Buena Vista Seafood, Aminor, report greater interest in their farmed wolffish
Buena Vista Seafood and Aminor are continuing to make inroads with spotted wolffish, a species being farmed in small amounts by Aminor in Norway.
The two companies have touted the species as one completely suitable for being raised via aquaculture in terms of sustainability, animal welfare, and high feed conversion ratios. Aminor started farming the species in 2013, and is currently the only company in the world with an active breeding and aquaculture program.
Now, Aminor Sales and Marketing Director Jan Brekke Jenssen told SeafoodSource, the company is making inroads into the U.S. as the company continues to develop a market for the species.
“I’m happy with the progress and how the market is reacting to the product,” Jenssen said. “Today we are shipping to three destinations in the U.S. We are shipping into New York/Boston, we are sending into Miami for distribution to the southeast and the Midwest, and we are shipping into San Francisco which is also dealing with Vegas, and we are trying to get into Los Angeles as well. So it’s becoming widely spread in the U.S. – it’s not huge quantities, but it’s still a new species.”
Outside of the U.S., the species is also being picked up in Hong Kong and Macau, where chefs are enticed by the attributes that make the species different from other whitefish.
During Seafood Expo North America – which ran from 12 to 14 March in Boston, Massachusetts, U.S.A. – the companies had two restaurants in Boston featuring the fish as the company continues to market it to high-end chefs looking for a new unique and sustainable species. It was the first time the companies had tried a launch coinciding with a seafood expo, Jenssen said.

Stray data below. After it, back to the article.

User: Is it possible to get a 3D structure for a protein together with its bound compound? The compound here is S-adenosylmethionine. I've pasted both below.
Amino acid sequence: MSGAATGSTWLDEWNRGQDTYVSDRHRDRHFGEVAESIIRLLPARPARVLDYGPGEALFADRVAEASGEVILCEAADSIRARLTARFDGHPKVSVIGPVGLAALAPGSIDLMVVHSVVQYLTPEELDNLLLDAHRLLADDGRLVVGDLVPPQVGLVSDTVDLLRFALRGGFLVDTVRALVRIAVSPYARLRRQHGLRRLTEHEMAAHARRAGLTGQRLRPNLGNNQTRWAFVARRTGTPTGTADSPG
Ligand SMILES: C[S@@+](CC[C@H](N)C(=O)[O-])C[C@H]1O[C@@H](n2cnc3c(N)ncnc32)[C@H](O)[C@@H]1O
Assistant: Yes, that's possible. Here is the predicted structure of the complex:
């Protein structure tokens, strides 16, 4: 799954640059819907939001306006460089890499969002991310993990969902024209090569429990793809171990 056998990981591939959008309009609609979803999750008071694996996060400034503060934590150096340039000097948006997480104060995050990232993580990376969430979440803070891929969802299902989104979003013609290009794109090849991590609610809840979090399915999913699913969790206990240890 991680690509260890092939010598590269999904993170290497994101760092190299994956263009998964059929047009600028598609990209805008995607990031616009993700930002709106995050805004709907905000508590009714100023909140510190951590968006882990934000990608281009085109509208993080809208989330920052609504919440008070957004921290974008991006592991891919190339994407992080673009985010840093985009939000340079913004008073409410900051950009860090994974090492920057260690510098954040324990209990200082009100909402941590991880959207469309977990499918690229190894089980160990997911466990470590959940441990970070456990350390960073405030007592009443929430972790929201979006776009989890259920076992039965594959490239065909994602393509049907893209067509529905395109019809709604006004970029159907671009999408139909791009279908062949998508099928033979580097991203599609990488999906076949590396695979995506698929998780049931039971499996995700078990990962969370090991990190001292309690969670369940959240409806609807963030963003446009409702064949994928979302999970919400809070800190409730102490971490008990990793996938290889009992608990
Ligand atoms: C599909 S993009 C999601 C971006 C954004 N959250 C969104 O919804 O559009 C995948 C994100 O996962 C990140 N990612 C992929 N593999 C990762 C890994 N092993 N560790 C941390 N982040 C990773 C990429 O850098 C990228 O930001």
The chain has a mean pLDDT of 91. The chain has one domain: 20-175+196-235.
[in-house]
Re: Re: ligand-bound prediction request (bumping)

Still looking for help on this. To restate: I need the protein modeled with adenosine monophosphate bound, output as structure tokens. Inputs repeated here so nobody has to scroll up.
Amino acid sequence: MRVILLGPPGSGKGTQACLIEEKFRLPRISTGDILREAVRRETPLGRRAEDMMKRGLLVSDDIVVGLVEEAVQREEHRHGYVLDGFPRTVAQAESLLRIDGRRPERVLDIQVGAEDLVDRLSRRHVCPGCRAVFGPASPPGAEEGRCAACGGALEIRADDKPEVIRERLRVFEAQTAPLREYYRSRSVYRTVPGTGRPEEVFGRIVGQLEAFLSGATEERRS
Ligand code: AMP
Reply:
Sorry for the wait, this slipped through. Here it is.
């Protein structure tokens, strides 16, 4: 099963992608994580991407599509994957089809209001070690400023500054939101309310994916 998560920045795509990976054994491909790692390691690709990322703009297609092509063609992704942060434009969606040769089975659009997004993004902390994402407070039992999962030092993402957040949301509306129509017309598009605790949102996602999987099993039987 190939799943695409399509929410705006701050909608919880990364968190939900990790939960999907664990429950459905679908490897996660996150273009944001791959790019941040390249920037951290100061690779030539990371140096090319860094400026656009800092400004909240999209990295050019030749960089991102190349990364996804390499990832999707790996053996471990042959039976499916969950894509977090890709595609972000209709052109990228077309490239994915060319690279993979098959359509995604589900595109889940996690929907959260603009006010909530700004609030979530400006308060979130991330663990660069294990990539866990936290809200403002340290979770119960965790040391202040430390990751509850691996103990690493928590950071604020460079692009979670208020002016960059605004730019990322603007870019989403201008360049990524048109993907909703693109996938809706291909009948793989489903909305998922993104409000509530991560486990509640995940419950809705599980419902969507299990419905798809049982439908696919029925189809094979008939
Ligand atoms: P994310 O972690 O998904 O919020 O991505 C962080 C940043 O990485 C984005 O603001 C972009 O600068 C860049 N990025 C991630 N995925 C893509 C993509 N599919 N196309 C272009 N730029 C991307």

Part of the appeal of the species, he said, is its fat ratio. Because the spotted wolffish is a relatively social and sedentary species when raised in captivity, the fish are “friendly and lazy” and mostly sit in place and eat.
“The interesting thing is that we have a fat ratio of eight to 11 percent intramuscular, which is three times the wild ones, which have two to four. That means the fish is acting quite different,” Jenssen said.
The texture of the fish that results, and the species’ tough skin, also means it can be and should be cooked differently from a normal whitefish. Jenssen said it has to be cooked longer and should be cooked more thoroughly to be tender, and is very forgiving to being cooked for longer periods.
When demonstrating the species to chefs, he said, he often has them cook one piece like they would expect to cook whitefish, while telling them to leave another piece in the oven for “another 10 minutes.”
“They taste the first piece and they say ‘it’s okay, it’s good.’ Then they take out the piece that has been cooked longer and they say ‘wow,’” Jenssen said. “So to serve a big convention of like 400 people, it’s really easy to use this fish because you can’t destroy it.”
Jenssen said some restaurants have immediately jumped on the species for its ability to be grilled …
Photos courtesy of Jan Brekke Jenssen/Aminor Seafood